While he was stationed at Fort McPherson, Welchez was awarded a Military Outstanding Volunteer Service Medal, for more than 2,000 hours of his selfless service.
After his assignment in Georgia, he did recruiting duty, and then he was off to Fort Drum.
He finished his bachelor’s degree while deployed in support of Operation Enduring Freedom.
“My most cherished achievement was earning my undergraduate degree,” he said. “There were many who told me I was incapable, while others advised me not to waste my time.”
Welchez said several of his childhood friends have passed away or are incarcerated, and many people never would have thought he would make something of himself, let alone be a career Soldier with a college degree.
When he returned home from deployment, his focus shifted a bit.
Once here, he immediately reached out to the local Salvation Army and BB/BS programs to continue to offer assistance to the community.
Welchez deployed with the unit in support of Operation                                                                                                                                                                                                                Enduring Freedom, and within 30 days of redeployment, he was found volunteering to feed those less fortunate during the November holiday season.
“He and his wife, Alice, are such an inspiring couple and great contributors to the community by volunteering their time and dedication,” said Chief Warrant Officer 2 Yessenia Johnson, 10th Sustainment Brigade food adviser. “Every Thanksgiving, the two of them, along with their three children, help prepare and serve a hot meal to the less fortunate.”
Johnson describes Welchez as a true professional, a great role model, and a person who cares and gives a lot to others. She said it is a pleasure knowing him and his Family, and she admires the bond they share with others.
“I urge everyone to get out and volunteer in every community that you live in or near,” Welchez said. “Though intangible, the reward in seeing a smile on the face of a child you mentor or a family you feed cannot compare to any other feeling.”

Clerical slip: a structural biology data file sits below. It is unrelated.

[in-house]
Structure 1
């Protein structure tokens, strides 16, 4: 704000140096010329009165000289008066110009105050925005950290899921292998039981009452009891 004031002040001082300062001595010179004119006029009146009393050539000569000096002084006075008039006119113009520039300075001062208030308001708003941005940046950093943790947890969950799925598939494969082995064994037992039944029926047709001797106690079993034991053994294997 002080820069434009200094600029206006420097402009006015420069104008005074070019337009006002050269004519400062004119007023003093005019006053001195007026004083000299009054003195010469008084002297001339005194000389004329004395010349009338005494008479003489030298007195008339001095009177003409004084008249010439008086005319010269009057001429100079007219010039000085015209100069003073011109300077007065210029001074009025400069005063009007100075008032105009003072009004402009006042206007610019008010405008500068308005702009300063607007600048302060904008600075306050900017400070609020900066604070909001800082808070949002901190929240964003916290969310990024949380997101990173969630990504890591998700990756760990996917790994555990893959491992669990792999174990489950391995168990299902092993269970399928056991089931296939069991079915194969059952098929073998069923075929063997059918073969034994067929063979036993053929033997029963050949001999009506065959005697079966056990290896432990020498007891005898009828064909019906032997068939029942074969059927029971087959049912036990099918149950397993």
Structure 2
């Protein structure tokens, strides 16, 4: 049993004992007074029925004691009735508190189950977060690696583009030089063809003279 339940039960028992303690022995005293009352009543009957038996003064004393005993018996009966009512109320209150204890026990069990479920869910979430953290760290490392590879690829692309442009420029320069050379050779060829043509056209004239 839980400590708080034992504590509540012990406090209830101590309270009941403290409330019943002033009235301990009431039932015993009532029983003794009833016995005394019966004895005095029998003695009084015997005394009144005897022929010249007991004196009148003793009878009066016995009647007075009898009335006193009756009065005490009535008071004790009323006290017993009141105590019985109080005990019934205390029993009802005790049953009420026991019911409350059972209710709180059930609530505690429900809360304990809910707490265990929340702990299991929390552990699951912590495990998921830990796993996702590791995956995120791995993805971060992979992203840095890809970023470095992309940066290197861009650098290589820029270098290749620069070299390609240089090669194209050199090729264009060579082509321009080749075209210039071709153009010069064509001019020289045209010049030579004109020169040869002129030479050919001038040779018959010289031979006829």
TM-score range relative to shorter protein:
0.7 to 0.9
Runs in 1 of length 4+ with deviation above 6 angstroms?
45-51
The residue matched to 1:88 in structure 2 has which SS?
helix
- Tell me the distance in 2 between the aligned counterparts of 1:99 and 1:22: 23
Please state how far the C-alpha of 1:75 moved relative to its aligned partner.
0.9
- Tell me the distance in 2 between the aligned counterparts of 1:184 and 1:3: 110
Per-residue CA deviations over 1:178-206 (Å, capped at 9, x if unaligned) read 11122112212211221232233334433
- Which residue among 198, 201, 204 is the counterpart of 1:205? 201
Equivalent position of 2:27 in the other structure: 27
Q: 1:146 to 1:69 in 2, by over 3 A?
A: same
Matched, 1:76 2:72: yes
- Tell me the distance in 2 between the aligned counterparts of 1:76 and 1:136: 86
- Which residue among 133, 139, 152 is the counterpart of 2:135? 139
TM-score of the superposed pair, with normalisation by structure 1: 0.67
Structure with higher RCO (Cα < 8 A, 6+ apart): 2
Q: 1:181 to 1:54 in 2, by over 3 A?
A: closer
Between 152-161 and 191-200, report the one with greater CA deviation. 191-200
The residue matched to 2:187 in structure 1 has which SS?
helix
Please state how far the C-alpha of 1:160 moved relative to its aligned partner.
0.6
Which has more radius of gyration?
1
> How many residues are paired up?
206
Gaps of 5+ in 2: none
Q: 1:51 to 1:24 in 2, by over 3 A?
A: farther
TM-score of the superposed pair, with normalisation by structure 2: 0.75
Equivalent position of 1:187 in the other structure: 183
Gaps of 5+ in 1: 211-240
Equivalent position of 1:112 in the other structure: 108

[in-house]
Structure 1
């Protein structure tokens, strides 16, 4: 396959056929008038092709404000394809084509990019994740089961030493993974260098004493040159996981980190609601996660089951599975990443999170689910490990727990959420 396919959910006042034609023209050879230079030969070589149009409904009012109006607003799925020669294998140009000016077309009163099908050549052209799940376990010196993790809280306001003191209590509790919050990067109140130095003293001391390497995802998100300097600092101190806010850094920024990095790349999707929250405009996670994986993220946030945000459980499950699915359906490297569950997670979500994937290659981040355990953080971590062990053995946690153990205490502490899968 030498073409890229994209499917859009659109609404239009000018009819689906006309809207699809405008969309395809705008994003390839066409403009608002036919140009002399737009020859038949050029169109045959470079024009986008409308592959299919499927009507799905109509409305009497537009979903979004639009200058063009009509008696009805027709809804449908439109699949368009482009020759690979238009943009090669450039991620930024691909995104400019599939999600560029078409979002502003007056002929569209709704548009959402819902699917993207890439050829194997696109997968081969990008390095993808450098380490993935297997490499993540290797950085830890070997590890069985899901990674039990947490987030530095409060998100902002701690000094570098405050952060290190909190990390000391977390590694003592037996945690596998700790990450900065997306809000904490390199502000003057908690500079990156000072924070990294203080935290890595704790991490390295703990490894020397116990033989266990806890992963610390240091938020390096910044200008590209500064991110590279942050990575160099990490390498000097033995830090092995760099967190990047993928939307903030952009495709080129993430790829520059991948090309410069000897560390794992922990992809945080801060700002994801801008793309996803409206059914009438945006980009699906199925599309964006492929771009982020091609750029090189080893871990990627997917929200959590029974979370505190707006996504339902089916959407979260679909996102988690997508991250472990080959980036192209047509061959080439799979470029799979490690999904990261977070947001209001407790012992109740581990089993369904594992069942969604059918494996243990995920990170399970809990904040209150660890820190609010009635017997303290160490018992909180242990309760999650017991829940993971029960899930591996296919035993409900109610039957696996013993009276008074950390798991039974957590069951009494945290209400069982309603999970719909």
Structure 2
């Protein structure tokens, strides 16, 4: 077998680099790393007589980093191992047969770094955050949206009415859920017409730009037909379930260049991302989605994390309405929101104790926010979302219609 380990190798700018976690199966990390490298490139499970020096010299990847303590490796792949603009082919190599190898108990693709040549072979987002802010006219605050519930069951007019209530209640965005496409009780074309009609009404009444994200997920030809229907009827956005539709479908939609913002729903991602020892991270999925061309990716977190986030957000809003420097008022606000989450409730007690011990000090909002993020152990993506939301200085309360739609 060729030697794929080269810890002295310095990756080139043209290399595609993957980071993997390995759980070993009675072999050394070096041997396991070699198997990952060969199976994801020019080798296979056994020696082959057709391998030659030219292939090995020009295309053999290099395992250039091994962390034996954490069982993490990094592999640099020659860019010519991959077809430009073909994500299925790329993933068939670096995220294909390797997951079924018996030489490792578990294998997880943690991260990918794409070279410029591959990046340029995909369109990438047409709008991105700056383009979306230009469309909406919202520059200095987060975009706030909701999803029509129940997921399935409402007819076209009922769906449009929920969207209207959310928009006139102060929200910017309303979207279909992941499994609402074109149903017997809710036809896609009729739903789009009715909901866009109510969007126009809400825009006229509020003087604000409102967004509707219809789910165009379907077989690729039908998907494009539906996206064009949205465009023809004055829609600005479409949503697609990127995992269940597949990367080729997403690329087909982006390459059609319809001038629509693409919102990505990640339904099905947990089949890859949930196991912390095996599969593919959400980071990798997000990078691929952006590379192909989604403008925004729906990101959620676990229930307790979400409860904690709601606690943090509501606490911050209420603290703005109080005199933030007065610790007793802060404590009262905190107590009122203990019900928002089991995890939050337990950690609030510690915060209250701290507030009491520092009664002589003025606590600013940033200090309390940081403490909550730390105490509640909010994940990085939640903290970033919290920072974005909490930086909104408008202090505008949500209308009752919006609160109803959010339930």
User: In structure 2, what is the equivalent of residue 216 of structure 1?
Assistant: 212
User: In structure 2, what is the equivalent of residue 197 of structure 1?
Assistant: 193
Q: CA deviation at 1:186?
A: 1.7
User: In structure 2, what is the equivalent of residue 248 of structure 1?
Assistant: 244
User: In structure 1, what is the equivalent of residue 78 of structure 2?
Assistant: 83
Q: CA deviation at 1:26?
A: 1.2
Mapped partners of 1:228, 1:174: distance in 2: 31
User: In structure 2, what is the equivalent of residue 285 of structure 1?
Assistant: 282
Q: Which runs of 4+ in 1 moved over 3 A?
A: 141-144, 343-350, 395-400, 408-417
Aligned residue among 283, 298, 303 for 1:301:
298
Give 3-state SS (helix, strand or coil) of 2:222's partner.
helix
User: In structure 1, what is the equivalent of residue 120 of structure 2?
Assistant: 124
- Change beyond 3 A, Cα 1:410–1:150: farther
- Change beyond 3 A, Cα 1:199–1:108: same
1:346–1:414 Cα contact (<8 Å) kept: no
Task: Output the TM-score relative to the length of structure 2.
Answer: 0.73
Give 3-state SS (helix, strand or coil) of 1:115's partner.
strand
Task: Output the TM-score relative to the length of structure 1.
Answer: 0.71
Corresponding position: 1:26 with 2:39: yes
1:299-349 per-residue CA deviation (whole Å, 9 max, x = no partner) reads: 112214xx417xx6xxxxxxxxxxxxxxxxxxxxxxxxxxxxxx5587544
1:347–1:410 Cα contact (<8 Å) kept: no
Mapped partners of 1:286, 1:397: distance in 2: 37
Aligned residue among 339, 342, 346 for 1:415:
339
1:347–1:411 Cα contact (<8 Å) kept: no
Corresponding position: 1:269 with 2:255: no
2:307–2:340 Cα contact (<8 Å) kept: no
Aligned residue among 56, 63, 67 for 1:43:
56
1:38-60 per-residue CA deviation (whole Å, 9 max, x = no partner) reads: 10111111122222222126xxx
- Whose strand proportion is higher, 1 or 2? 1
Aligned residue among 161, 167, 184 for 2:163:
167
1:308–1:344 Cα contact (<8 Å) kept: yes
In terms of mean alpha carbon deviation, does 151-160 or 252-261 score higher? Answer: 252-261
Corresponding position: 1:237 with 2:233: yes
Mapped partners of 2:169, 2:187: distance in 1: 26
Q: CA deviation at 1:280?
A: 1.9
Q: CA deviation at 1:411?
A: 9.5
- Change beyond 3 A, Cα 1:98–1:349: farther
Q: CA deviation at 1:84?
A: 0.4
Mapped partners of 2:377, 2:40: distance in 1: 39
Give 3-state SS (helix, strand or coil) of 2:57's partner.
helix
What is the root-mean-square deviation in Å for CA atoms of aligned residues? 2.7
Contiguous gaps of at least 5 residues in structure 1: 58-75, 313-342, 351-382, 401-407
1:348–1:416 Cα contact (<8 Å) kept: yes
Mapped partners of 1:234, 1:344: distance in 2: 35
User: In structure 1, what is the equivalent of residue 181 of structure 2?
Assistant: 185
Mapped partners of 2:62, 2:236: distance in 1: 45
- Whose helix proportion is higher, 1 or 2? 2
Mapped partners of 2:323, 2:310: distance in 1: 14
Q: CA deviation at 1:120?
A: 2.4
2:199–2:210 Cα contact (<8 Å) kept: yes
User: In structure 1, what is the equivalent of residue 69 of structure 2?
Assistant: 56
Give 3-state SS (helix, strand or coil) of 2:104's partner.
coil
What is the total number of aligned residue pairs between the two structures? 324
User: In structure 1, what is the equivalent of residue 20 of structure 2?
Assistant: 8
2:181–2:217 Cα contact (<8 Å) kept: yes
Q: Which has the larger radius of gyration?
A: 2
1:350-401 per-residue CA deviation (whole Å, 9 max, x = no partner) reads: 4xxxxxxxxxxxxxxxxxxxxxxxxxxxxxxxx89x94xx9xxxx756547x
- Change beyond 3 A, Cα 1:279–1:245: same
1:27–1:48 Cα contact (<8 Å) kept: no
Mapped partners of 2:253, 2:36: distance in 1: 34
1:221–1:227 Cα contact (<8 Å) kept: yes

Although he spends a lot of his time helping others, Welchez said he understands and appreciates that he cannot do it alone.
“I owe my experience, challenges, success and achievements to the three most beautiful women in my life – my mother, my wife and my daughter,” he said.
His Family has always come first, but their support makes balancing his passions that much easier.
“Allan’s many years of placing others first redefines the words ‘selfless service,’” said Alice Welchez. “He has illustrated how balancing school, Family, friends, volunteering and his military duties is possible when one applies passion and commitment.”
Meanwhile, Welchez is close to another education achievement.
“To date, I have completed approximately half of my master’s degree in criminal justice and homeland security with an emphasis in emergency response and management,” he said. “Setting a positive example for my three children is what drives my determination in achieving higher education. It is my lifelong dream to one day earn a doctorate in counseling.”
Welchez continues to volunteer and study as he reaches retirement. He has the loving support of his Family and the support of his chain of command to continue to pursue his goals.
His next duty station will be Fort Hood, Texas, where he has already made contact with several organizations to continue volunteering, and he also plans to finish his master’s degree.
“I would like to one day have the opportunity to mentor and advocate for the ple-thora of (troubled) youths and young men who crowd our prisons in America,” he said. “Nothing has stopped me yet, and nothing will stop me. It is only a matter of time.” 





The Mountaineer



Archive

Year:
 




Public Affairs Office
Attn: Fort Drum Mountaineer
10012 South Riva Ridge Loop
Fort Drum NY 13602-5028
Email: drum.pao@conus.army.mil
 
 
This Army Civilian Enterprise Newspaper is an authorized publication for members of the U.S. Army. Contents of the Fort Drum Mountaineer Online are not necessarily the official news of, or endorsed by, the U.S. Government, the Department of Defense, Department of the Army, or Fort Drum.